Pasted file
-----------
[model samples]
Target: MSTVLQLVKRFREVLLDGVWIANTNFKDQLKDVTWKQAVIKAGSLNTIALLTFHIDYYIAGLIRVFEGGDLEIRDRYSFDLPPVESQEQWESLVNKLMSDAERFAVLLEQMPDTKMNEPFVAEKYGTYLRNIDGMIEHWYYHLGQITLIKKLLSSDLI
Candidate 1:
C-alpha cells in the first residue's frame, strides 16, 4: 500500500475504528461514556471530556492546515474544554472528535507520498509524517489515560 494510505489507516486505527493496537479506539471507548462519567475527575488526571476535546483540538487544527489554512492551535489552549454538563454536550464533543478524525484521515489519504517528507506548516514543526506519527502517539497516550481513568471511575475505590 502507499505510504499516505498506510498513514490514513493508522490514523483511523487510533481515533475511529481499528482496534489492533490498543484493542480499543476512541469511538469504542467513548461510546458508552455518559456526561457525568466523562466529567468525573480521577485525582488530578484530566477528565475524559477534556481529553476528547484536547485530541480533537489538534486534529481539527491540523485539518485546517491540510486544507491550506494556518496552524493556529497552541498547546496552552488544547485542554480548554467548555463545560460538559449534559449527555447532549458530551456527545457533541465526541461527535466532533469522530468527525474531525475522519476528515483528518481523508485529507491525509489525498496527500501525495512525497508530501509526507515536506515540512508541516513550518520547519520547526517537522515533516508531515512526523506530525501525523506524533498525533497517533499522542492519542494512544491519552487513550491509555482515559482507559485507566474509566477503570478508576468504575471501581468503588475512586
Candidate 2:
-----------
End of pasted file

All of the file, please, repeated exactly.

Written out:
[model samples]
Target: MSTVLQLVKRFREVLLDGVWIANTNFKDQLKDVTWKQAVIKAGSLNTIALLTFHIDYYIAGLIRVFEGGDLEIRDRYSFDLPPVESQEQWESLVNKLMSDAERFAVLLEQMPDTKMNEPFVAEKYGTYLRNIDGMIEHWYYHLGQITLIKKLLSSDLI
Candidate 1:
C-alpha cells in the first residue's frame, strides 16, 4: 500500500475504528461514556471530556492546515474544554472528535507520498509524517489515560 494510505489507516486505527493496537479506539471507548462519567475527575488526571476535546483540538487544527489554512492551535489552549454538563454536550464533543478524525484521515489519504517528507506548516514543526506519527502517539497516550481513568471511575475505590 502507499505510504499516505498506510498513514490514513493508522490514523483511523487510533481515533475511529481499528482496534489492533490498543484493542480499543476512541469511538469504542467513548461510546458508552455518559456526561457525568466523562466529567468525573480521577485525582488530578484530566477528565475524559477534556481529553476528547484536547485530541480533537489538534486534529481539527491540523485539518485546517491540510486544507491550506494556518496552524493556529497552541498547546496552552488544547485542554480548554467548555463545560460538559449534559449527555447532549458530551456527545457533541465526541461527535466532533469522530468527525474531525475522519476528515483528518481523508485529507491525509489525498496527500501525495512525497508530501509526507515536506515540512508541516513550518520547519520547526517537522515533516508531515512526523506530525501525523506524533498525533497517533499522542492519542494512544491519552487513550491509555482515559482507559485507566474509566477503570478508576468504575471501581468503588475512586
Candidate 2: